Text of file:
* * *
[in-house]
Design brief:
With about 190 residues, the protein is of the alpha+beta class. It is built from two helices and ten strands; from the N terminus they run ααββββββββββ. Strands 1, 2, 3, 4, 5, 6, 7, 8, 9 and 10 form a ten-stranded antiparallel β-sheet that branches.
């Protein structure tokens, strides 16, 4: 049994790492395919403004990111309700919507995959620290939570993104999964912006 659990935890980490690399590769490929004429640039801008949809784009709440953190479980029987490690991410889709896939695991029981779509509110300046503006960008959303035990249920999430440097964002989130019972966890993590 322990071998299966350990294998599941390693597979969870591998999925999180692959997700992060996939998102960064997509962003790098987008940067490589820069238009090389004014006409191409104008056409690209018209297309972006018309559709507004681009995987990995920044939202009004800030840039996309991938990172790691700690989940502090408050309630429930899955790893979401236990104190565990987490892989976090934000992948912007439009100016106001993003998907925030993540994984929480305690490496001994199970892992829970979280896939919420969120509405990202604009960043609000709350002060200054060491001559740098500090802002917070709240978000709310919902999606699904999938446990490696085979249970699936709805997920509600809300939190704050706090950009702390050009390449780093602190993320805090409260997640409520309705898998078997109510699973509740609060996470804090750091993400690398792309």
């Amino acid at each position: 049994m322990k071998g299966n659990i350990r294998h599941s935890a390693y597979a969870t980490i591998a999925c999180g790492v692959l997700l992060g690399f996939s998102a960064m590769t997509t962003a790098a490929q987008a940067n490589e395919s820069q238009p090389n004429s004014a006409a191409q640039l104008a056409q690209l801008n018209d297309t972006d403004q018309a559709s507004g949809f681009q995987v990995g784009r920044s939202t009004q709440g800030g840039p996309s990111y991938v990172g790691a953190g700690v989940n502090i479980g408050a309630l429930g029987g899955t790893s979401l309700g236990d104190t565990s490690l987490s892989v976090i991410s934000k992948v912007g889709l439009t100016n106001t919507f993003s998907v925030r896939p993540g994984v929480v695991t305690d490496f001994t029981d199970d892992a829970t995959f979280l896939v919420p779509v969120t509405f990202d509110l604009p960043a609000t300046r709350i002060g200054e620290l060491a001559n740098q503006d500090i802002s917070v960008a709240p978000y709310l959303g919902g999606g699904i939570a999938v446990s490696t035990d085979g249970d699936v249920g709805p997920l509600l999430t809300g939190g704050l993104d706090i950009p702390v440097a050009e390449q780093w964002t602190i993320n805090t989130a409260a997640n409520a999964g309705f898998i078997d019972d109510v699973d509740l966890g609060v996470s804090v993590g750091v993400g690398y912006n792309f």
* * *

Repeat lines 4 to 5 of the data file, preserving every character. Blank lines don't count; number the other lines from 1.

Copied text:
């Protein structure tokens, strides 16, 4: 049994790492395919403004990111309700919507995959620290939570993104999964912006 659990935890980490690399590769490929004429640039801008949809784009709440953190479980029987490690991410889709896939695991029981779509509110300046503006960008959303035990249920999430440097964002989130019972966890993590 322990071998299966350990294998599941390693597979969870591998999925999180692959997700992060996939998102960064997509962003790098987008940067490589820069238009090389004014006409191409104008056409690209018209297309972006018309559709507004681009995987990995920044939202009004800030840039996309991938990172790691700690989940502090408050309630429930899955790893979401236990104190565990987490892989976090934000992948912007439009100016106001993003998907925030993540994984929480305690490496001994199970892992829970979280896939919420969120509405990202604009960043609000709350002060200054060491001559740098500090802002917070709240978000709310919902999606699904999938446990490696085979249970699936709805997920509600809300939190704050706090950009702390050009390449780093602190993320805090409260997640409520309705898998078997109510699973509740609060996470804090750091993400690398792309």
């Amino acid at each position: 049994m322990k071998g299966n659990i350990r294998h599941s935890a390693y597979a969870t980490i591998a999925c999180g790492v692959l997700l992060g690399f996939s998102a960064m590769t997509t962003a790098a490929q987008a940067n490589e395919s820069q238009p090389n004429s004014a006409a191409q640039l104008a056409q690209l801008n018209d297309t972006d403004q018309a559709s507004g949809f681009q995987v990995g784009r920044s939202t009004q709440g800030g840039p996309s990111y991938v990172g790691a953190g700690v989940n502090i479980g408050a309630l429930g029987g899955t790893s979401l309700g236990d104190t565990s490690l987490s892989v976090i991410s934000k992948v912007g889709l439009t100016n106001t919507f993003s998907v925030r896939p993540g994984v929480v695991t305690d490496f001994t029981d199970d892992a829970t995959f979280l896939v919420p779509v969120t509405f990202d509110l604009p960043a609000t300046r709350i002060g200054e620290l060491a001559n740098q503006d500090i802002s917070v960008a709240p978000y709310l959303g919902g999606g699904i939570a999938v446990s490696t035990d085979g249970d699936v249920g709805p997920l509600l999430t809300g939190g704050l993104d706090i950009p702390v440097a050009e390449q780093w964002t602190i993320n805090t989130a409260a997640n409520a999964g309705f898998i078997d019972d109510v699973d509740l966890g609060v996470s804090v993590g750091v993400g690398y912006n792309f």